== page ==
It is no secret that tabletop RPGs, by their nature as a medium, grant far more power to the users at the table than other gaming media. If you seek to play Superversive games using tabletop RPGs as your medium of choice, then it is necessary and proper to employ this fundamental feature of that medium to make this happen.
The first thing you do is talk to your players. Before you talk rules, before you talk setting, before everything else, you talk to your crew to see what they’re willing and able to agree upon. If they won’t find a thing fun, they’ll walk. If enough walk, you have no game. People will not work for their entertainment. That’s your limiting factor.
Once you’re all on the same page, then it’s time for the details. Some of this will come up in discussion, or will be known from previous discussions, so this isn’t as daunting a thing as it seems.
- Rules: You want a ruleset that everyone at the table knows well enough to not have to think about it during play. You want that degree of familiarity so that you can keep play moving fast. Your time is precious, and if you are not resentful of time-wasters, you’re doing it wrong. Looking up rules at the table wastes time better spent playing, so avoid that. Also, avoid people who treat the rules as a machine and their PCs as robots; send the mech pilots to the BattleTech tables.
- Setting: Whatever you agree to, commit to it. No half-measures. Your quality of play depends upon the investment–especially emotional investment–you put into it. Fun had directly correlates to commitment made.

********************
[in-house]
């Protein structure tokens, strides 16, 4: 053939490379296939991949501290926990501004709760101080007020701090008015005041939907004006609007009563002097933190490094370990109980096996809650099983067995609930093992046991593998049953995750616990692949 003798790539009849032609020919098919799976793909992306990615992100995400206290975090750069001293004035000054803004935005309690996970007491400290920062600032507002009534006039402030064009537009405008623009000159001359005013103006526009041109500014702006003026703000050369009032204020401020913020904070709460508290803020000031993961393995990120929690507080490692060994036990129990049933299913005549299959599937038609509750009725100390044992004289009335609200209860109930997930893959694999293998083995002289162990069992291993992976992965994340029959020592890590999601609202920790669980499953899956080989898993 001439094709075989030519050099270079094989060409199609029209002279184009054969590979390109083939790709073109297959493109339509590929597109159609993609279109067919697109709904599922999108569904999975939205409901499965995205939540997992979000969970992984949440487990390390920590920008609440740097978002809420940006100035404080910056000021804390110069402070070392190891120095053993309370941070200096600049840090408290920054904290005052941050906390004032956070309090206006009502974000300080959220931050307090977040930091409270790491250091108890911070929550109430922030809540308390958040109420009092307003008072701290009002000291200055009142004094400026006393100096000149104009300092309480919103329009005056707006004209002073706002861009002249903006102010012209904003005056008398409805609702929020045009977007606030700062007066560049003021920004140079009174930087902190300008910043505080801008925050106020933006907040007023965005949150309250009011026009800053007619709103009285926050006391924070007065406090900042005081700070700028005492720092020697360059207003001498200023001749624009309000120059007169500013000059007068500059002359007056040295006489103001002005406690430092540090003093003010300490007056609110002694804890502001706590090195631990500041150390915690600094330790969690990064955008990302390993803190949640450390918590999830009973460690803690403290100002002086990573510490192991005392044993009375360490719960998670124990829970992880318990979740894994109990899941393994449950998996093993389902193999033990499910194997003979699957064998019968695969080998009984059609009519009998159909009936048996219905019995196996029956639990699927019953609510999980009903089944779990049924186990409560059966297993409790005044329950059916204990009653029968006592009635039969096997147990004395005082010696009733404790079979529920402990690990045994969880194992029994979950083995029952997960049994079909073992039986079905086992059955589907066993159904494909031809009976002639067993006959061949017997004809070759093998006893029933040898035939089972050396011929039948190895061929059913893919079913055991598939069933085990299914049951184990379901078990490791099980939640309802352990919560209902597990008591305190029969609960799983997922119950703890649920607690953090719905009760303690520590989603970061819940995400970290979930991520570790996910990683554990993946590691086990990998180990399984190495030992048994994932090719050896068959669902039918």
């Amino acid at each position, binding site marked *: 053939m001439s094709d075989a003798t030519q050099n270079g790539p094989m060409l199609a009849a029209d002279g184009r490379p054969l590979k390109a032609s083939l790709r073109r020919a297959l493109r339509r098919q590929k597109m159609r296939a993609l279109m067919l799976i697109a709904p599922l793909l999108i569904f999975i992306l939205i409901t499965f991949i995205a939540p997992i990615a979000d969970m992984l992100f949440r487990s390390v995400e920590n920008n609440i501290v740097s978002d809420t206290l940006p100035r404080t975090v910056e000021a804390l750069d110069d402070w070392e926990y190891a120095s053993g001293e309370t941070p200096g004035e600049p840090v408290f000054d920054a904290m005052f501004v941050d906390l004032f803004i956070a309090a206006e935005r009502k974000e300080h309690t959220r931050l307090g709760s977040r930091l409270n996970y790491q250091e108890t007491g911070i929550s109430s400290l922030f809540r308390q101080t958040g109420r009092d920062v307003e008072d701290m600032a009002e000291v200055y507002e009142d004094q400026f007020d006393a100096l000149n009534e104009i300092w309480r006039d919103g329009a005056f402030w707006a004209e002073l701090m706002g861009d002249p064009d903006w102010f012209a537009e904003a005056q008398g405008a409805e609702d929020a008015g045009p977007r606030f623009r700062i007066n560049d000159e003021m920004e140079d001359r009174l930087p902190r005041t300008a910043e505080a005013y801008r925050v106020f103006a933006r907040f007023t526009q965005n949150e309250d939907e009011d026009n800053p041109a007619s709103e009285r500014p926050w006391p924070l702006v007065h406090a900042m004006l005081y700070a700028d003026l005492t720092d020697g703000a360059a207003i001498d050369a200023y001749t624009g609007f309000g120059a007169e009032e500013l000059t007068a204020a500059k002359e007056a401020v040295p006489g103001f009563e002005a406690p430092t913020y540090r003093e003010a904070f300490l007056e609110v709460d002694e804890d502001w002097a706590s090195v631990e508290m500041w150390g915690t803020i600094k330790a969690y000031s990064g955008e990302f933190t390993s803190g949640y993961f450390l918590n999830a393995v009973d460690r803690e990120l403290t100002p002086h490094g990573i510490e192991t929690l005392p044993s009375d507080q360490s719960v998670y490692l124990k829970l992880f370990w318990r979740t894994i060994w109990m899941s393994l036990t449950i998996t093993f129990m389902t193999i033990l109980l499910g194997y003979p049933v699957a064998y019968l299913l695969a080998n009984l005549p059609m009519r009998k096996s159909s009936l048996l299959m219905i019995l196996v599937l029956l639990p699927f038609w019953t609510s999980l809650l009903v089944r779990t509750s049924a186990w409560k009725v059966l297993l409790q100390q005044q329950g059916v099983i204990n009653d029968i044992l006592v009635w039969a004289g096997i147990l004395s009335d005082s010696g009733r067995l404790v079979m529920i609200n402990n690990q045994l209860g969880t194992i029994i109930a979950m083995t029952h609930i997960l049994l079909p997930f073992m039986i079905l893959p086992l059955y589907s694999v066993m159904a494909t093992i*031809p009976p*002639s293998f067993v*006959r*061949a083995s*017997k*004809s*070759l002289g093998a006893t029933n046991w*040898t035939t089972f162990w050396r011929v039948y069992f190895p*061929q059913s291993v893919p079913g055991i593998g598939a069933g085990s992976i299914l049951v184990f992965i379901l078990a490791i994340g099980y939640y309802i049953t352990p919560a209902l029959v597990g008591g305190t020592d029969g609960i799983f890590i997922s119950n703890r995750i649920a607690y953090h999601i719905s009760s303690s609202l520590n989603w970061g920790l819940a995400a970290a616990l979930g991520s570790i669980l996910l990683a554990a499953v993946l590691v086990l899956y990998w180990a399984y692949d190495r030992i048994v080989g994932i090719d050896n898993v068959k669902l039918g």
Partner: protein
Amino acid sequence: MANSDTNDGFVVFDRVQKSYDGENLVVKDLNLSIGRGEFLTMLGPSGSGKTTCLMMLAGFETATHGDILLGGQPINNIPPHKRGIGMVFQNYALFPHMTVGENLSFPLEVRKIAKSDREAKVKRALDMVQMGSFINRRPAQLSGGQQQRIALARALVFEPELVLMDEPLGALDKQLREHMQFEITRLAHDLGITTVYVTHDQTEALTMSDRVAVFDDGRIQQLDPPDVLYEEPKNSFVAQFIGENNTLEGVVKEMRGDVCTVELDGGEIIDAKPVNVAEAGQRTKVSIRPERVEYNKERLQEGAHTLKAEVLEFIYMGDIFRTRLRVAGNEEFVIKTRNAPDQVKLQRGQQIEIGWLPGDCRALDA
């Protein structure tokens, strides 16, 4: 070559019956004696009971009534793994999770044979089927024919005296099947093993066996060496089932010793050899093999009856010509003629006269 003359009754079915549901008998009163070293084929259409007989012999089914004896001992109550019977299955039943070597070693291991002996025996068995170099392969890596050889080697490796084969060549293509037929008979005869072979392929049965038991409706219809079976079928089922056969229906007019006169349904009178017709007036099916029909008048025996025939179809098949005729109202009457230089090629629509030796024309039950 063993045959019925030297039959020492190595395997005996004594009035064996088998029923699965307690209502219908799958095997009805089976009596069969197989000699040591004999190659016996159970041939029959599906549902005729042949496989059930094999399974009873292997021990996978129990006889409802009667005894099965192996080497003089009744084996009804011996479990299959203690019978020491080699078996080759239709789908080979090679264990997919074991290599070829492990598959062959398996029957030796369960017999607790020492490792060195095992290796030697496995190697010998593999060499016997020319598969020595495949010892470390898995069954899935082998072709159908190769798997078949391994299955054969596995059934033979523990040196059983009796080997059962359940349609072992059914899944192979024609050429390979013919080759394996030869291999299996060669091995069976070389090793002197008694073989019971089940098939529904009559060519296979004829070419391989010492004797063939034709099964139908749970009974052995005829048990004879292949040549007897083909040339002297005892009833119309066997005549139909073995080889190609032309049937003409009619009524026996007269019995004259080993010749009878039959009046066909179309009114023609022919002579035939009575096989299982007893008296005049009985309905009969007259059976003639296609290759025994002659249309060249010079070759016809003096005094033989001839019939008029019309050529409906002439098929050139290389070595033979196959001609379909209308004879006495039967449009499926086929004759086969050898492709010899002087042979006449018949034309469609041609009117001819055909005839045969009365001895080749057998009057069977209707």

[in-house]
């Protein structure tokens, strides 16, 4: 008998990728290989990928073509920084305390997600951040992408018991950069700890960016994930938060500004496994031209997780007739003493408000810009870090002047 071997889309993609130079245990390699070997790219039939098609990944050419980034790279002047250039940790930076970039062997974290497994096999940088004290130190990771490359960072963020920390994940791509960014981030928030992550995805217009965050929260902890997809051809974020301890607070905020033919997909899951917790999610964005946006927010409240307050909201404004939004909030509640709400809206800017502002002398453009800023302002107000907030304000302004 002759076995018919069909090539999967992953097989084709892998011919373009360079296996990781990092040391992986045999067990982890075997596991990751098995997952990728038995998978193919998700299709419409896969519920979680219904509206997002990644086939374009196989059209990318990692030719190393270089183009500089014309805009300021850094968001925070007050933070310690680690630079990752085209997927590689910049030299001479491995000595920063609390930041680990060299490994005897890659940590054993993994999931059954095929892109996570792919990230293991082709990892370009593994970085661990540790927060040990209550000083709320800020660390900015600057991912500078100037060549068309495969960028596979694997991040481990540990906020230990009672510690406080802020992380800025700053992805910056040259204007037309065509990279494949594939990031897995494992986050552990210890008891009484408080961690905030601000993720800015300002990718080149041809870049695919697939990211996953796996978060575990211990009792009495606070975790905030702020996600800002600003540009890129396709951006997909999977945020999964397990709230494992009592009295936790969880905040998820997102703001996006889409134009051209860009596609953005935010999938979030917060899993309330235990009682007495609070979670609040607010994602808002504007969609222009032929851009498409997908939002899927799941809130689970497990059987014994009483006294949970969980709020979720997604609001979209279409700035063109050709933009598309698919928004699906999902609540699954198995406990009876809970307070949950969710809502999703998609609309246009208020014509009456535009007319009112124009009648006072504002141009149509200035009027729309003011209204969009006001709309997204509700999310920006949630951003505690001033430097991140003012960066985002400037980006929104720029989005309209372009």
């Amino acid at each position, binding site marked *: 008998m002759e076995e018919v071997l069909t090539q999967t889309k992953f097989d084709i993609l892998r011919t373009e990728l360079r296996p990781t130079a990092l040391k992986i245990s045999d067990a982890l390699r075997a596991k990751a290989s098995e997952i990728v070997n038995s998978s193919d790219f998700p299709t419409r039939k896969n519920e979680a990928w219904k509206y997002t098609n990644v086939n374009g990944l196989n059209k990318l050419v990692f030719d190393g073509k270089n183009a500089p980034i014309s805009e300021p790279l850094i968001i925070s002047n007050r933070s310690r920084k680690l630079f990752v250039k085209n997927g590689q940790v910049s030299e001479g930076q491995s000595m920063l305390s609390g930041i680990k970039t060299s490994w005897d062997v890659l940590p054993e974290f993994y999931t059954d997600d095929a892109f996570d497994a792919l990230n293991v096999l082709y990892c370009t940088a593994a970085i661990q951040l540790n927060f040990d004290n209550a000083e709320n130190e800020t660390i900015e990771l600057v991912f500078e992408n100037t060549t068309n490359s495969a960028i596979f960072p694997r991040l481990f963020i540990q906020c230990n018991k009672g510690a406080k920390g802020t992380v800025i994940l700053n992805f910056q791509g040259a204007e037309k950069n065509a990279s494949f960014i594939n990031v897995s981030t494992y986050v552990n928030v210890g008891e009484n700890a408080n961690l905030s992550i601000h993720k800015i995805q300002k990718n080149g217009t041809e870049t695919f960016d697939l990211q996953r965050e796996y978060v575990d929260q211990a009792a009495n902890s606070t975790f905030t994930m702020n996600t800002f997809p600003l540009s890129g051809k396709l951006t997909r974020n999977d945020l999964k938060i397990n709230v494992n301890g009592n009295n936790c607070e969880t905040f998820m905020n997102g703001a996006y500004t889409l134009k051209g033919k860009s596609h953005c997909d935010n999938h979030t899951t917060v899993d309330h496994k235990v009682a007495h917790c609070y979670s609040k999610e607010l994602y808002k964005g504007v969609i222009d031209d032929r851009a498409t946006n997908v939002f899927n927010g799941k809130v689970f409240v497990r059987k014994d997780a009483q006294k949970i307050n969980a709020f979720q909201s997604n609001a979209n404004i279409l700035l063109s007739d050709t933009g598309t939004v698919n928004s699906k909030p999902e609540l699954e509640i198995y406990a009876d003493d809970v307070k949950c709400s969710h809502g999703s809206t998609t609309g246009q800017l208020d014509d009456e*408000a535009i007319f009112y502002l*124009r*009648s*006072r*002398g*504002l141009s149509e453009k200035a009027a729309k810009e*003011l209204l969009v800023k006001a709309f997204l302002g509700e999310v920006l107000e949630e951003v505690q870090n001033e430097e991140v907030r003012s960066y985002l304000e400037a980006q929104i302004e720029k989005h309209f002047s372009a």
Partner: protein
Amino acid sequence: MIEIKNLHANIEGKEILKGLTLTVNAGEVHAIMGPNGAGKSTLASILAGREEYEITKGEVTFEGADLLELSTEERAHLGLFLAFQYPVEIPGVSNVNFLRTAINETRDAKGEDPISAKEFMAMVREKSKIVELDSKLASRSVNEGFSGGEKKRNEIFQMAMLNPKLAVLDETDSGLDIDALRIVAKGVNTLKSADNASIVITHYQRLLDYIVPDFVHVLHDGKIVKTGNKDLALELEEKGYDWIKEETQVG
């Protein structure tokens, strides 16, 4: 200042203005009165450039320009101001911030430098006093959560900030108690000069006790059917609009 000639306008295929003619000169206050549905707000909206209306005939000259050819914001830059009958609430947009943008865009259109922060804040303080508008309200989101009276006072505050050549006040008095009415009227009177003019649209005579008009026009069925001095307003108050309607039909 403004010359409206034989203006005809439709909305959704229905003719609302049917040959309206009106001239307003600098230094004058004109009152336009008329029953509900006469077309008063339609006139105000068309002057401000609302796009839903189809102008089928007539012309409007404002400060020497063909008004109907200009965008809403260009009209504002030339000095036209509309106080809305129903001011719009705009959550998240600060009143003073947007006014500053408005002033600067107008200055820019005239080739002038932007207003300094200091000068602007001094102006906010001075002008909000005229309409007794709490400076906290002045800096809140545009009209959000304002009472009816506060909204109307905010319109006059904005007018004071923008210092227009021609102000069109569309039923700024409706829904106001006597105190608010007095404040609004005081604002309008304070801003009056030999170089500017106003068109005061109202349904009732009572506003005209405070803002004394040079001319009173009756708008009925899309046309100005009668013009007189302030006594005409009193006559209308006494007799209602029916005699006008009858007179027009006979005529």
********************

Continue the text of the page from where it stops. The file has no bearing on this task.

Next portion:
- Rulings: Be prepared to issue them early, often, and repeatedly to cover circumstances that your rules do not- and do not let anyone undermine your authority as the Game Master to do so. (So, never play with Raven McCracken.) This does require that you cultivate a familiarity with your ruleset and setting that gives you the comfort to do so easily, so don’t skimp on doing so away from the table. Time spent in preparation pays off on execution.
So, how does the medium allow you to do so easily? Simple: the tabletop RPG medium puts all of the tools normally reserved for game designers or developers into your hands. You’d think this was obvious, but it’s not. We’ve had decades of demonstrations by untold numbers of people through letters to publishers, magazines such as Dragon, and online message boards (starting with dial-up BBSes in the ’80s and ’90s) that this is far from obvious. It’s foreign to the thinking of many in tabletop RPGs. They are used to be followers and not shot-callers. We see that reflected in what succeeds commercially in RPGs in all media where they exist.
What this means is that you should not think of any tabletop RPG as a finished product, especially when it’s explicitly sold to you as such. Instead, it’s like buying a kit that you have to assemble into the finished thing you want, such as buying a kit car and assembling it in your garage into a working hot-rod. You will need to put in some work to get the results you want during play. Do not shirk this duty.
This unfinished quality is where the liminal space exists in the medium, and it is this space that creates the great advantage I speak of: you are in the position to take something boring and make it awesome, and all you need to do is employ the tools at your disposal to create and adjust rules, setting, or both as required to achieve the results that you want. Embrace that power and you too can consistently enjoy one of the most fantastic hobbies to ever come from the brilliant brain of Mankind.